Callejas, host of the daily news program “Debate 5” on the local radio station Fresno Estéreo, told CPJ that he left his home in Fresno, a city 88 miles (142 kilometers) from the provincial capital of Ibagué, after receiving two threatening phone calls from a man who identified himself as commander of a subgroup of the left-wing Revolutionary Armed Forces of Colombia (FARC). According to Callejas, the caller warned him that he should “stop messing with his people” if the journalist didn’t want to die. Later, the caller told Callejas that he was being followed and that he should not allow police to trace his calls, the journalist told CPJ.
Callejas said that in the weeks preceding the calls he had reported on guerrilla activities in Fresno. According to the journalist, he reported on guerrilla extortion of local businesses, the kidnapping and murder of a local landowner, and the trial of four guerrilla fighters.
The journalist said that he filed a complaint with local authorities and informed the Ministry of Interior in Bogotá, which gave him an emergency telephone. As a precautionary measure, Callejas told CPJ that he had decided to report for “Debate 5” via telephone from outside Fresno until he was sure that his return would be safe.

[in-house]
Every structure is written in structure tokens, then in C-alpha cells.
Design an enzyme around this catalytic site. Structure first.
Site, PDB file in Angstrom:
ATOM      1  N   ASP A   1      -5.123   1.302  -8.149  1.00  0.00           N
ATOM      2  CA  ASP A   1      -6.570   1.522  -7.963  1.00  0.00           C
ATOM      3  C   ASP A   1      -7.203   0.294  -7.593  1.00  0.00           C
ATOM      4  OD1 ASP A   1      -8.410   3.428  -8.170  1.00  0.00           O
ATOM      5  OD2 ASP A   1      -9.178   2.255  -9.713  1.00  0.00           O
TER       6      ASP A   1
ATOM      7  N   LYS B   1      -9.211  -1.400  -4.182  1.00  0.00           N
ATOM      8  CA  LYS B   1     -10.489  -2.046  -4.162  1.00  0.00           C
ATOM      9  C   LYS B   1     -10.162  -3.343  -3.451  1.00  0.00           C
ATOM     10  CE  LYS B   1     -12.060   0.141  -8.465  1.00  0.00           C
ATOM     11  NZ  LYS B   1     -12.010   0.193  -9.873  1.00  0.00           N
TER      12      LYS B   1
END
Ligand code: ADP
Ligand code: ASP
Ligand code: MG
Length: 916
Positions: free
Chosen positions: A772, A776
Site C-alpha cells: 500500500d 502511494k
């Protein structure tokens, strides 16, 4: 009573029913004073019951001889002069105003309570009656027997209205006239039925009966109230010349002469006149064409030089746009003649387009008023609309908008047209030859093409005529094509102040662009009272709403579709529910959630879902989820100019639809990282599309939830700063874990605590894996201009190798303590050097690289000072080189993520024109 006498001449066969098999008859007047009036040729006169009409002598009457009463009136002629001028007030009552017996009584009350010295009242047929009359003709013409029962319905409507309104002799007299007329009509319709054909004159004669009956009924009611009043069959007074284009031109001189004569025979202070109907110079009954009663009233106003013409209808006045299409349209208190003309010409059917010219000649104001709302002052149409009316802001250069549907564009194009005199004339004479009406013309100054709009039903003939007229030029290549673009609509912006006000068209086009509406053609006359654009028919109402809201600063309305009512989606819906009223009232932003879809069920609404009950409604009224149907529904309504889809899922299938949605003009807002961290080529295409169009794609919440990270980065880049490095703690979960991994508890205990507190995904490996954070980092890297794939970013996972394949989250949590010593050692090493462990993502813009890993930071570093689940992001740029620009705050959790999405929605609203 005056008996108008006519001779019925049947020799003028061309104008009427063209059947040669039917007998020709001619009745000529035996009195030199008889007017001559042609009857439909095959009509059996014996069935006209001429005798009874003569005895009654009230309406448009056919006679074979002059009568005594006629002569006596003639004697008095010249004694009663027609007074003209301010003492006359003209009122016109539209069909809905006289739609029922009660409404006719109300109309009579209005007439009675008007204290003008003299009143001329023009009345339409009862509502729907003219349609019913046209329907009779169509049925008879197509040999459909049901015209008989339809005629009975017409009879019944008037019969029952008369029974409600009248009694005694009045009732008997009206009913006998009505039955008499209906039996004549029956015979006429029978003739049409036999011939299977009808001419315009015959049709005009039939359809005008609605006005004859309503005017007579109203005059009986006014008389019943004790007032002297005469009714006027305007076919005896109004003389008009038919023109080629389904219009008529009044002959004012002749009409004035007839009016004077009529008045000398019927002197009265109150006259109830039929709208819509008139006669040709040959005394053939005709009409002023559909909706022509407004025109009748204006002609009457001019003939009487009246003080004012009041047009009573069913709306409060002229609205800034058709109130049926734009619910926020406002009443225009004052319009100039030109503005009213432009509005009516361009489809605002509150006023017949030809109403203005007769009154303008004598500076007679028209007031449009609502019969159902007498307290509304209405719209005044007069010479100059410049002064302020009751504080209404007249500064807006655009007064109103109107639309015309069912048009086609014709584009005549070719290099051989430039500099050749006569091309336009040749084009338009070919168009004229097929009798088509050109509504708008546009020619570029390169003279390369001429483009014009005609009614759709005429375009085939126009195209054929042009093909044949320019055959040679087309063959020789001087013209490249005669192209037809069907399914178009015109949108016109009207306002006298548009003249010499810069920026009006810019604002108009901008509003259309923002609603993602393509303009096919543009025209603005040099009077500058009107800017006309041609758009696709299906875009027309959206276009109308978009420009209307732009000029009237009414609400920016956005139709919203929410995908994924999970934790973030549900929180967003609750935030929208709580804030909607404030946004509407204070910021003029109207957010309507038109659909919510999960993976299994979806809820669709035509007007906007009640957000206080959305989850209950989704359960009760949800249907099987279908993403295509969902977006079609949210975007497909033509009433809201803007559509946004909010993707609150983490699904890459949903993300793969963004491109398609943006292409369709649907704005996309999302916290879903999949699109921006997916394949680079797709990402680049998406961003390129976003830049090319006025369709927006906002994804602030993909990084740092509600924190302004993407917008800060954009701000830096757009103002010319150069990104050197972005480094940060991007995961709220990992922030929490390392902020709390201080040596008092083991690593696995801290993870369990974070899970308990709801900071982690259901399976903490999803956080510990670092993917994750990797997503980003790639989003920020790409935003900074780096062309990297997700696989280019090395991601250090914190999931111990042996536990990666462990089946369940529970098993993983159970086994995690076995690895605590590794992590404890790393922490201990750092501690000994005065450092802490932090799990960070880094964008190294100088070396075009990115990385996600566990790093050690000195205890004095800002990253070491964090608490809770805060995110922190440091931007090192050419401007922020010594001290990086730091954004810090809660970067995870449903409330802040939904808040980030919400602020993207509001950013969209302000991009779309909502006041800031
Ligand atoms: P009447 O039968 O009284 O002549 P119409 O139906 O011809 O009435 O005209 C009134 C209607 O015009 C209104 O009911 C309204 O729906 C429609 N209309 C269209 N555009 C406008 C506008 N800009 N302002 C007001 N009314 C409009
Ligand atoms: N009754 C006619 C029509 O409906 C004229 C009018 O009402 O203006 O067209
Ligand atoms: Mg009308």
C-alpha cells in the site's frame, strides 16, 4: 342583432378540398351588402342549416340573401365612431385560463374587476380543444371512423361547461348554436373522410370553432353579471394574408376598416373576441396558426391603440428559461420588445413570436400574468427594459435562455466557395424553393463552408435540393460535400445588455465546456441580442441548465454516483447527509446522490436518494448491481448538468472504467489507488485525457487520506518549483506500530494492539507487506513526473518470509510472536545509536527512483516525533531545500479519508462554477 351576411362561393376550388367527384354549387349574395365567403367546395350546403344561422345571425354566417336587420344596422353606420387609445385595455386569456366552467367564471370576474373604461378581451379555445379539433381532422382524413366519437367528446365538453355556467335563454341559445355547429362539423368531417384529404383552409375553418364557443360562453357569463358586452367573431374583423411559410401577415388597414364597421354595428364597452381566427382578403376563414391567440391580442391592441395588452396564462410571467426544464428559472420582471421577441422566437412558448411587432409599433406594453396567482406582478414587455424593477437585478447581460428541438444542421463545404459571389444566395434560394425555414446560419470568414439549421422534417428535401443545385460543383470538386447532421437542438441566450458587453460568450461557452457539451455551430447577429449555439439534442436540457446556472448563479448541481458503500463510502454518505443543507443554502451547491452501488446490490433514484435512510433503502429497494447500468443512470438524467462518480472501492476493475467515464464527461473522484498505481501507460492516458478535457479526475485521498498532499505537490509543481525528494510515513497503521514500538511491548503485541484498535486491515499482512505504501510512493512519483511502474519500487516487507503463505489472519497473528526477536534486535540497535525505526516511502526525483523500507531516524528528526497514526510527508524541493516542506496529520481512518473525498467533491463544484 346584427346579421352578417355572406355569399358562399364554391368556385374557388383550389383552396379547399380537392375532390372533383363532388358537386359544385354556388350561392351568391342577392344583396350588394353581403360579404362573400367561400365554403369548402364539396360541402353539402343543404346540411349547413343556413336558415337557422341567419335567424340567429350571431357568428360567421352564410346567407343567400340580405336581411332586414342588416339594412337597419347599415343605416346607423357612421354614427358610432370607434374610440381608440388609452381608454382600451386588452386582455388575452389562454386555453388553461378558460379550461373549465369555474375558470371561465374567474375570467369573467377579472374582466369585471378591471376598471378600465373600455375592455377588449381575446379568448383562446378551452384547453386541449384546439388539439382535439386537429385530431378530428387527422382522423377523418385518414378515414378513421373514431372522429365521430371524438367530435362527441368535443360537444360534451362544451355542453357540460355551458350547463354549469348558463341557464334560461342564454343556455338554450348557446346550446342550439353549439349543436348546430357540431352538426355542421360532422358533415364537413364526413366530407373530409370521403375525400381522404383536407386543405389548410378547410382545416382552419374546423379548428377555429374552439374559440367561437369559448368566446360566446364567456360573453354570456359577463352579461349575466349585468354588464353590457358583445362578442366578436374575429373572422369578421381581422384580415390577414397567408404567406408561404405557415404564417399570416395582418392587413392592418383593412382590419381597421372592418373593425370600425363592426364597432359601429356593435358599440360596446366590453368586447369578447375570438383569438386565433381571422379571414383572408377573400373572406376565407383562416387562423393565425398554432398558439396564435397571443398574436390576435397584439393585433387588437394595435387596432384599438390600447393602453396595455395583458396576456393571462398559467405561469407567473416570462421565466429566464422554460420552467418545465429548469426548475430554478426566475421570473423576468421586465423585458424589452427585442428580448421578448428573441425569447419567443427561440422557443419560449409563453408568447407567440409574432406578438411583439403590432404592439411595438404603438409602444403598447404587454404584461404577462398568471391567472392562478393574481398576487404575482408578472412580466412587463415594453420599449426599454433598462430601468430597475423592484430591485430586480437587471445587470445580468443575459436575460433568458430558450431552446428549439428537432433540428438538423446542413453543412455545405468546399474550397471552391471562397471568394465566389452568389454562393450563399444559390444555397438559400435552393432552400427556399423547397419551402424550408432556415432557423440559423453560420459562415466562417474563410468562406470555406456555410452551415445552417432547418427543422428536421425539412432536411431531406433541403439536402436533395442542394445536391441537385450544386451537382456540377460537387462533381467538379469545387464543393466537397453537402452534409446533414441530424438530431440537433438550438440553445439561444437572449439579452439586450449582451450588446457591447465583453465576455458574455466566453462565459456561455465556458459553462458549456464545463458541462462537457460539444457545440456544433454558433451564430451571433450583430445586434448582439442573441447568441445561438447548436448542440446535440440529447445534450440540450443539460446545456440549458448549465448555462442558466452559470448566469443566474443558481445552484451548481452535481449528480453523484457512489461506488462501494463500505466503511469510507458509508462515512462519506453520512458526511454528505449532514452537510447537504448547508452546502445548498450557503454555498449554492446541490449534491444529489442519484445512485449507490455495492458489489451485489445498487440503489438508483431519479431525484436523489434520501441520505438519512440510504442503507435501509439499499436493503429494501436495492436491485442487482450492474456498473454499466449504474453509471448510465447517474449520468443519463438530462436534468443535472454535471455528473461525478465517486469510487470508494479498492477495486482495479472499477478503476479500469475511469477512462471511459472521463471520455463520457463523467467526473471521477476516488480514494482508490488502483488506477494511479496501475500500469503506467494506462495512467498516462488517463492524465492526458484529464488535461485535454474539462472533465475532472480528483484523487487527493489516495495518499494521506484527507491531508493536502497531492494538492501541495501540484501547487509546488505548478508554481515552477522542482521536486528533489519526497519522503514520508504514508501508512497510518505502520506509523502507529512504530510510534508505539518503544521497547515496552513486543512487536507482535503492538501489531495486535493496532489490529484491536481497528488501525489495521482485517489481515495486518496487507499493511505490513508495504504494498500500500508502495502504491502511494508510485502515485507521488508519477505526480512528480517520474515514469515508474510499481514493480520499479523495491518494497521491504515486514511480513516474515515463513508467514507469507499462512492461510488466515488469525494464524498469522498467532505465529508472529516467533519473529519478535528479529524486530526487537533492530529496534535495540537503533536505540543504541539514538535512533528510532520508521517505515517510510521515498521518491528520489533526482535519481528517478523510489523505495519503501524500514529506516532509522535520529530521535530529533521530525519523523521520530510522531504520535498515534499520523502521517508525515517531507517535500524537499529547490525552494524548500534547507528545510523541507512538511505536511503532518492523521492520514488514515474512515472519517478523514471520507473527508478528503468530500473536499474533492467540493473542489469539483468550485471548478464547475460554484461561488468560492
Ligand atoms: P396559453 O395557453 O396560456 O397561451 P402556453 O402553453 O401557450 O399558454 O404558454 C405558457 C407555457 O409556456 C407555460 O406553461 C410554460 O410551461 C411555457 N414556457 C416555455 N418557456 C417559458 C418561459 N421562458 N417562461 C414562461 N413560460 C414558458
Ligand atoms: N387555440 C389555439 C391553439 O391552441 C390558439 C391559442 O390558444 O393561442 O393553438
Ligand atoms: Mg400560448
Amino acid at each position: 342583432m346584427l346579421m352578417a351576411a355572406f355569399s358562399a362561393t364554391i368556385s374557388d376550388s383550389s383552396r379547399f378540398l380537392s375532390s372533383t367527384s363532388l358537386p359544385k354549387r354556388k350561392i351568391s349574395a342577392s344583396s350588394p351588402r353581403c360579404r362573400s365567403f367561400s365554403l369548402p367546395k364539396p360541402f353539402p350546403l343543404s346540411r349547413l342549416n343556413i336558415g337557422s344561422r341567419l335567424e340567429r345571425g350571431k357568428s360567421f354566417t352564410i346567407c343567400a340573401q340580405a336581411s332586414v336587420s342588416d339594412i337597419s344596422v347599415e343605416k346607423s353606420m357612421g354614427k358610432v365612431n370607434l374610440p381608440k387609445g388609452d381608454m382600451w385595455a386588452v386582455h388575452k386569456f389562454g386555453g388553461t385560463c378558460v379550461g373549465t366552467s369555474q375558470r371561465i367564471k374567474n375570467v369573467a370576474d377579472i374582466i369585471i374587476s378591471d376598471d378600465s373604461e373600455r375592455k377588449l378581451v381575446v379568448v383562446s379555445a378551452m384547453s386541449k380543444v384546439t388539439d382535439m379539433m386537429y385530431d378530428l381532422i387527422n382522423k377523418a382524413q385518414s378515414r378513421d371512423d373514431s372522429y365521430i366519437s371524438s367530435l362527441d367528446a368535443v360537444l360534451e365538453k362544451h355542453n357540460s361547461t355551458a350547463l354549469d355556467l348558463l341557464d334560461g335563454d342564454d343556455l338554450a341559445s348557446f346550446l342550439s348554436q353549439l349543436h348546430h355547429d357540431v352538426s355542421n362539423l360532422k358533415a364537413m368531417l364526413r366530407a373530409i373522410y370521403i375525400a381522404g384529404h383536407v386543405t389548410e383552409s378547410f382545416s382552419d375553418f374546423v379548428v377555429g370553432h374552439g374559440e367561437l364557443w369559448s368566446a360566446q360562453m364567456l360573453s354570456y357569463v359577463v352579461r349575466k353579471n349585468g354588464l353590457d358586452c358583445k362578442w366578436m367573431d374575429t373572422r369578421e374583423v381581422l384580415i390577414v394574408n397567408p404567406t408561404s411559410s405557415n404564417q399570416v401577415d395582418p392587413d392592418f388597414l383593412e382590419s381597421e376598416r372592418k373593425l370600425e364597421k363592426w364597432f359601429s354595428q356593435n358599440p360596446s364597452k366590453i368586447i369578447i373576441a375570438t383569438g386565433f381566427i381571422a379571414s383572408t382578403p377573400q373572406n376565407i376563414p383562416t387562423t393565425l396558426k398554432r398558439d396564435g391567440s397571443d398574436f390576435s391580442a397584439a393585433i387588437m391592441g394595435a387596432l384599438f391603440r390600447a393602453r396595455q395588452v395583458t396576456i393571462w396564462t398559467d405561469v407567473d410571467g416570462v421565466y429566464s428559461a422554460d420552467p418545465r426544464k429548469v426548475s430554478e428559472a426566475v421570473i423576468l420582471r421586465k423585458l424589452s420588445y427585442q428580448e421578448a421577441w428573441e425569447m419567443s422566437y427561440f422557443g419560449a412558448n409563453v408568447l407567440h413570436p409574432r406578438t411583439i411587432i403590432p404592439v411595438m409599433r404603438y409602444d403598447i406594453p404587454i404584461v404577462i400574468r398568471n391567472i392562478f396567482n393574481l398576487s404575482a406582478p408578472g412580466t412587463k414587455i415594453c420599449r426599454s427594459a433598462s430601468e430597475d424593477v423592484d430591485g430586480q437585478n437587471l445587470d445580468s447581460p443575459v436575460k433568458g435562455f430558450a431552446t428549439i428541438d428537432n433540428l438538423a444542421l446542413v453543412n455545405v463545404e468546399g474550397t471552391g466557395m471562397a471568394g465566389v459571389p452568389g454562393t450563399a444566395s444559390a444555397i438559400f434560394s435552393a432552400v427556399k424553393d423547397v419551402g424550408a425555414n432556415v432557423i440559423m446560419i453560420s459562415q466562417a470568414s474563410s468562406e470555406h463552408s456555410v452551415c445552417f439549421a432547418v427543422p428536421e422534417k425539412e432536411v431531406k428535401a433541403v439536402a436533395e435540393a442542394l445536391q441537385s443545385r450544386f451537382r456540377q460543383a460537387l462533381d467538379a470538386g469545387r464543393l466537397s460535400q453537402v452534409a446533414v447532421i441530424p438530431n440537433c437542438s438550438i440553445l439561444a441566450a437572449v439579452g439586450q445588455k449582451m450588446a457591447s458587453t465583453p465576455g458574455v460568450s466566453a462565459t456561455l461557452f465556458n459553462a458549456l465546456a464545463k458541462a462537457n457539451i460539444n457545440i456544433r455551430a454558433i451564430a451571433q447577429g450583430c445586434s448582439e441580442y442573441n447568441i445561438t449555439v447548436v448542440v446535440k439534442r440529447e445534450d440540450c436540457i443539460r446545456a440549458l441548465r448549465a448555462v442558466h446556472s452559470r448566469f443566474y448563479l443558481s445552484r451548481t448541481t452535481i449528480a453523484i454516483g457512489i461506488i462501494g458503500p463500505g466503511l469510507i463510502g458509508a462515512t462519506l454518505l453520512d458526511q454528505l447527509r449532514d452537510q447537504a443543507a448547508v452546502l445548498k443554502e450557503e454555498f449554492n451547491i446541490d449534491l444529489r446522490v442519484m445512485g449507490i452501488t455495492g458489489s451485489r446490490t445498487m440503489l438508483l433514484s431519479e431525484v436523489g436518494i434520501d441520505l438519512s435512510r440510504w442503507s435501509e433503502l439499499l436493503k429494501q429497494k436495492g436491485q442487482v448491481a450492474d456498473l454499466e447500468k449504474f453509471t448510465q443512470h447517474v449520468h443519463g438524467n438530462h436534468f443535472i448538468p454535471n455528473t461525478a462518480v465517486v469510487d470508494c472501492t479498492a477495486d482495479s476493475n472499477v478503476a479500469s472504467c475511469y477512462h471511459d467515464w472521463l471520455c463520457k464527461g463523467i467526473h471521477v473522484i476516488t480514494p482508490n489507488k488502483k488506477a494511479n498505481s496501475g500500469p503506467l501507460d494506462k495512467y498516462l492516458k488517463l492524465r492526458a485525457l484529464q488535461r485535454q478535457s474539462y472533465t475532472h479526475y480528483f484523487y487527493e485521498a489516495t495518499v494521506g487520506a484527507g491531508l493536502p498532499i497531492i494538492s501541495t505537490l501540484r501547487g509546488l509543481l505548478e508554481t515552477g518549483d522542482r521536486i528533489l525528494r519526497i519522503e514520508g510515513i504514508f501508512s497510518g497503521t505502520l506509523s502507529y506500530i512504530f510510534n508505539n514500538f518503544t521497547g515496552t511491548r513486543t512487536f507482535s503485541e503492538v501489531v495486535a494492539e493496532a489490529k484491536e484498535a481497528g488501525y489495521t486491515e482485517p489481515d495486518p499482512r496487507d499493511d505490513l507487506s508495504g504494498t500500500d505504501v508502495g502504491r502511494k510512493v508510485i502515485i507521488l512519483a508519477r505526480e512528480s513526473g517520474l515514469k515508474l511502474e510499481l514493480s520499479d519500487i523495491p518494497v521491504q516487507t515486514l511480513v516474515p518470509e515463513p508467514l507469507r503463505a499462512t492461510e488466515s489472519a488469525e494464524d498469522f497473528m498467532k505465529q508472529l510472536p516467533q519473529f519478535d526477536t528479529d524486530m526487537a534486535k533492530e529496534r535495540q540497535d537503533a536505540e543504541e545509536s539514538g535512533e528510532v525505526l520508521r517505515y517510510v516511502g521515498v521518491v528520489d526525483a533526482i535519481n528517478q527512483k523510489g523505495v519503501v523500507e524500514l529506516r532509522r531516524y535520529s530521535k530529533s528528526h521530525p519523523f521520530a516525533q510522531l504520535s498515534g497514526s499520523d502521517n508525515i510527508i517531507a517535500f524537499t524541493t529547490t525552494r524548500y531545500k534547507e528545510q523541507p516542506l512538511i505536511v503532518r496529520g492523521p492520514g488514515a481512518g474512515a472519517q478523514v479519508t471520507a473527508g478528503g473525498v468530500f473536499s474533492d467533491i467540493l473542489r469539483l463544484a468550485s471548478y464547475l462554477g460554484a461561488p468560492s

“We are alarmed by the threats against Rodrigo Callejas,” CPJ Executive Director Joel Simon said. “We call on Colombian authorities to conduct a prompt and thorough investigation, to apprehend those behind the threats, and to immediately provide Callejas with the necessary protection that will allow him to return to Fresno and to continue to work.”
In March, Germán Hernández, news director of Neiva-based daily El Diario del Huila, fled his hometown after receiving anonymous death threats. That same month, Darío Arizmendi, the Bogotá-based news director for the morning program, “6 a.m. Hoy por Hoy” on national Caracol Radio, fled Colombia after hearing of an alleged plot to kill him. CPJ research shows that at least seven provincial reporters fled their homes in 2006 after death threats. Although journalists in Bogotá and other large urban centers work more freely than their colleagues in the provinces, they also face pressure and intimidation, according to CPJ analysis.